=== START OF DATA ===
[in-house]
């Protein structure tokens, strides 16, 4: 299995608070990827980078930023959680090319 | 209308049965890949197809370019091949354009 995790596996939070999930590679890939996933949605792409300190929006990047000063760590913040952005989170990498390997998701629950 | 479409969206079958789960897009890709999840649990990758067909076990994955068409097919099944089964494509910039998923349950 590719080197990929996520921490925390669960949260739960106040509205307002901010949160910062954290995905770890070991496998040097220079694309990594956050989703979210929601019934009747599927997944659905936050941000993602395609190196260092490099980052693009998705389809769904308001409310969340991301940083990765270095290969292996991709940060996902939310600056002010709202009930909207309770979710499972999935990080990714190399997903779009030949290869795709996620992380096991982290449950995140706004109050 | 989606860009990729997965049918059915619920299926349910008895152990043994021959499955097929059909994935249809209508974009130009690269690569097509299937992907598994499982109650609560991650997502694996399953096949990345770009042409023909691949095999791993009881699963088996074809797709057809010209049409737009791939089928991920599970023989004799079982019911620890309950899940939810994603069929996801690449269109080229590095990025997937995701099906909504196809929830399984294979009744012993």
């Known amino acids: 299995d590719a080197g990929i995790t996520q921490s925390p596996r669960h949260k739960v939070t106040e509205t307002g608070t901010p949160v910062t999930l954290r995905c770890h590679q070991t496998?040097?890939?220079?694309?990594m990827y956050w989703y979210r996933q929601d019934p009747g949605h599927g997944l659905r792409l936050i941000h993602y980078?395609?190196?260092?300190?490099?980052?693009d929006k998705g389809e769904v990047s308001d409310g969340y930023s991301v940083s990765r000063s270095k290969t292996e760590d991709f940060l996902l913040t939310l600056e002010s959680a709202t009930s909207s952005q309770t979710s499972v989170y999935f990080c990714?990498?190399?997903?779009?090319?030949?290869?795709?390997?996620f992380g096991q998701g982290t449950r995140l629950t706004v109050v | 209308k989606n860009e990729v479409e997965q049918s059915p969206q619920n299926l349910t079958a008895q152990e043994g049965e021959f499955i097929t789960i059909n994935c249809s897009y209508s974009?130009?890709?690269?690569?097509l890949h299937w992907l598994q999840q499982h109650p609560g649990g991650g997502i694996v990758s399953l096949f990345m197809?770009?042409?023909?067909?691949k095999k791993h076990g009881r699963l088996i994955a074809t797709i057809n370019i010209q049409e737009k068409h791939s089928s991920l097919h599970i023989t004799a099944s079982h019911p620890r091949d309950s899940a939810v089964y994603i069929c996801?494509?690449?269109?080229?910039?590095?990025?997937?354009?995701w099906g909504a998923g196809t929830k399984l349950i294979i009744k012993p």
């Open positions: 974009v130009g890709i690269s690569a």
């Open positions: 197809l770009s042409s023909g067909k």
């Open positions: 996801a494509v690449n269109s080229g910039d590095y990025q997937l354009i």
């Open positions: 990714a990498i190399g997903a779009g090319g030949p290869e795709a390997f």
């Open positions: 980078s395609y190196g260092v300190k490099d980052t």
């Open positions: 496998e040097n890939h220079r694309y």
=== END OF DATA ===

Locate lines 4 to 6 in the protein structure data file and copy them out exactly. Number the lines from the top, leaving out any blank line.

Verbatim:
């Open positions: 974009v130009g890709i690269s690569a």
């Open positions: 197809l770009s042409s023909g067909k």
């Open positions: 996801a494509v690449n269109s080229g910039d590095y990025q997937l354009i």